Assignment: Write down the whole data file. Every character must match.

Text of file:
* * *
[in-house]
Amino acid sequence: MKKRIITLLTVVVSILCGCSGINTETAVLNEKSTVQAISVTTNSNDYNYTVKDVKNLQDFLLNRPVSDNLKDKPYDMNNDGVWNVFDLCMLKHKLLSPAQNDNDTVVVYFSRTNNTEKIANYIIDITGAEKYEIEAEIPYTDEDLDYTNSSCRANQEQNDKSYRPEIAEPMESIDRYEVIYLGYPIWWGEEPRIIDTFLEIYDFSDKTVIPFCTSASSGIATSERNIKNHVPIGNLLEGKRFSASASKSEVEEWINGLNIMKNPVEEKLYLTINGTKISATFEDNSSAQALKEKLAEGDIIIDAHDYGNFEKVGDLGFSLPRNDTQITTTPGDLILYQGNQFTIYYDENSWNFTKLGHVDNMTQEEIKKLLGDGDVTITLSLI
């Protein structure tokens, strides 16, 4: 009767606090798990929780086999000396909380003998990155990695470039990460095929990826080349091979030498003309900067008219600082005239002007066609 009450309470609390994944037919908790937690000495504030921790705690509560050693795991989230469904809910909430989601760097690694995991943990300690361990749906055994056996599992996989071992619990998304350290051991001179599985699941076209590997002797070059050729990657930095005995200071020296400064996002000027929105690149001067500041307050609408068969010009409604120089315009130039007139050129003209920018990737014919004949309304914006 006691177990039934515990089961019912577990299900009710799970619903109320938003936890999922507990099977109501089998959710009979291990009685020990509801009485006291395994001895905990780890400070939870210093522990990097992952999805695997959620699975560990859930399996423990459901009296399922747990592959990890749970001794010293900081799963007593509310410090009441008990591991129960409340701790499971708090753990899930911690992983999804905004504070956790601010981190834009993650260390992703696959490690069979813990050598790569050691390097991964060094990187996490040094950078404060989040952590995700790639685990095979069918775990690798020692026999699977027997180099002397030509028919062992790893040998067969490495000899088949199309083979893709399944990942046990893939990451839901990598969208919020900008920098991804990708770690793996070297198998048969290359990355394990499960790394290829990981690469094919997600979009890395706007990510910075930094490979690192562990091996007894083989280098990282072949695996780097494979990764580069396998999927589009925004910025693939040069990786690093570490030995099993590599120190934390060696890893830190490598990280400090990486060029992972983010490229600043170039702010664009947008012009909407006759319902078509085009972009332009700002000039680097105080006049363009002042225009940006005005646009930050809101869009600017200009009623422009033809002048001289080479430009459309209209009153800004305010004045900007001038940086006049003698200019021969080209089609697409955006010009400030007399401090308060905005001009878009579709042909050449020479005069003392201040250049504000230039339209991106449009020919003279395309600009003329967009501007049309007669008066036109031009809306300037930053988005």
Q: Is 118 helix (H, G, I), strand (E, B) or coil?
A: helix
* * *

[in-house]
Amino acid sequence: MKKRIITLLTVVVSILCGCSGINTETAVLNEKSTVQAISVTTNSNDYNYTVKDVKNLQDFLLNRPVSDNLKDKPYDMNNDGVWNVFDLCMLKHKLLSPAQNDNDTVVVYFSRTNNTEKIANYIIDITGAEKYEIEAEIPYTDEDLDYTNSSCRANQEQNDKSYRPEIAEPMESIDRYEVIYLGYPIWWGEEPRIIDTFLEIYDFSDKTVIPFCTSASSGIATSERNIKNHVPIGNLLEGKRFSASASKSEVEEWINGLNIMKNPVEEKLYLTINGTKISATFEDNSSAQALKEKLAEGDIIIDAHDYGNFEKVGDLGFSLPRNDTQITTTPGDLILYQGNQFTIYYDENSWNFTKLGHVDNMTQEEIKKLLGDGDVTITLSLI
């Protein structure tokens, strides 16, 4: 009767606090798990929780086999000396909380003998990155990695470039990460095929990826080349091979030498003309900067008219600082005239002007066609 009450309470609390994944037919908790937690000495504030921790705690509560050693795991989230469904809910909430989601760097690694995991943990300690361990749906055994056996599992996989071992619990998304350290051991001179599985699941076209590997002797070059050729990657930095005995200071020296400064996002000027929105690149001067500041307050609408068969010009409604120089315009130039007139050129003209920018990737014919004949309304914006 006691177990039934515990089961019912577990299900009710799970619903109320938003936890999922507990099977109501089998959710009979291990009685020990509801009485006291395994001895905990780890400070939870210093522990990097992952999805695997959620699975560990859930399996423990459901009296399922747990592959990890749970001794010293900081799963007593509310410090009441008990591991129960409340701790499971708090753990899930911690992983999804905004504070956790601010981190834009993650260390992703696959490690069979813990050598790569050691390097991964060094990187996490040094950078404060989040952590995700790639685990095979069918775990690798020692026999699977027997180099002397030509028919062992790893040998067969490495000899088949199309083979893709399944990942046990893939990451839901990598969208919020900008920098991804990708770690793996070297198998048969290359990355394990499960790394290829990981690469094919997600979009890395706007990510910075930094490979690192562990091996007894083989280098990282072949695996780097494979990764580069396998999927589009925004910025693939040069990786690093570490030995099993590599120190934390060696890893830190490598990280400090990486060029992972983010490229600043170039702010664009947008012009909407006759319902078509085009972009332009700002000039680097105080006049363009002042225009940006005005646009930050809101869009600017200009009623422009033809002048001289080479430009459309209209009153800004305010004045900007001038940086006049003698200019021969080209089609697409955006010009400030007399401090308060905005001009878009579709042909050449020479005069003392201040250049504000230039339209991106449009020919003279395309600009003329967009501007049309007669008066036109031009809306300037930053988005």
Q: Is 118 helix (H, G, I), strand (E, B) or coil?
A: helix